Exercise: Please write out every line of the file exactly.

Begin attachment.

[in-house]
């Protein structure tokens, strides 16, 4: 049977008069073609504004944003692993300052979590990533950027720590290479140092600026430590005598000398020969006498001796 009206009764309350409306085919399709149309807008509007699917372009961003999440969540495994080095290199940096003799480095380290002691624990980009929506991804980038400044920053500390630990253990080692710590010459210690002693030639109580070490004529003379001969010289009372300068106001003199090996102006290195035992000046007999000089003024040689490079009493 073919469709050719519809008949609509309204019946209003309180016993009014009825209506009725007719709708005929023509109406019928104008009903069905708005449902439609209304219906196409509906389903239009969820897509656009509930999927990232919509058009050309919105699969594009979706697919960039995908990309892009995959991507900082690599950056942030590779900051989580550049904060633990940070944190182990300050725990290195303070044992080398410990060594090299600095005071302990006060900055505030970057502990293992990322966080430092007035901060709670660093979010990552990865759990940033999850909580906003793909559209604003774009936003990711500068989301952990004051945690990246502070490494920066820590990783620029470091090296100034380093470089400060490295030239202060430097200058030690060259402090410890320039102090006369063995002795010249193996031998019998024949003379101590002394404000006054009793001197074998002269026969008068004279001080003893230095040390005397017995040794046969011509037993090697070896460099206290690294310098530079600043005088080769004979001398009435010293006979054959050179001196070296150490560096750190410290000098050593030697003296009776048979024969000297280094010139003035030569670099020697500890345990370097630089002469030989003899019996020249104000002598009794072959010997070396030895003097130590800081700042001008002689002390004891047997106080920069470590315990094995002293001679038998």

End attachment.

[in-house]
């Protein structure tokens, strides 16, 4: 049977008069073609504004944003692993300052979590990533950027720590290479140092600026430590005598000398020969006498001796 009206009764309350409306085919399709149309807008509007699917372009961003999440969540495994080095290199940096003799480095380290002691624990980009929506991804980038400044920053500390630990253990080692710590010459210690002693030639109580070490004529003379001969010289009372300068106001003199090996102006290195035992000046007999000089003024040689490079009493 073919469709050719519809008949609509309204019946209003309180016993009014009825209506009725007719709708005929023509109406019928104008009903069905708005449902439609209304219906196409509906389903239009969820897509656009509930999927990232919509058009050309919105699969594009979706697919960039995908990309892009995959991507900082690599950056942030590779900051989580550049904060633990940070944190182990300050725990290195303070044992080398410990060594090299600095005071302990006060900055505030970057502990293992990322966080430092007035901060709670660093979010990552990865759990940033999850909580906003793909559209604003774009936003990711500068989301952990004051945690990246502070490494920066820590990783620029470091090296100034380093470089400060490295030239202060430097200058030690060259402090410890320039102090006369063995002795010249193996031998019998024949003379101590002394404000006054009793001197074998002269026969008068004279001080003893230095040390005397017995040794046969011509037993090697070896460099206290690294310098530079600043005088080769004979001398009435010293006979054959050179001196070296150490560096750190410290000098050593030697003296009776048979024969000297280094010139003035030569670099020697500890345990370097630089002469030989003899019996020249104000002598009794072959010997070396030895003097130590800081700042001008002689002390004891047997106080920069470590315990094995002293001679038998």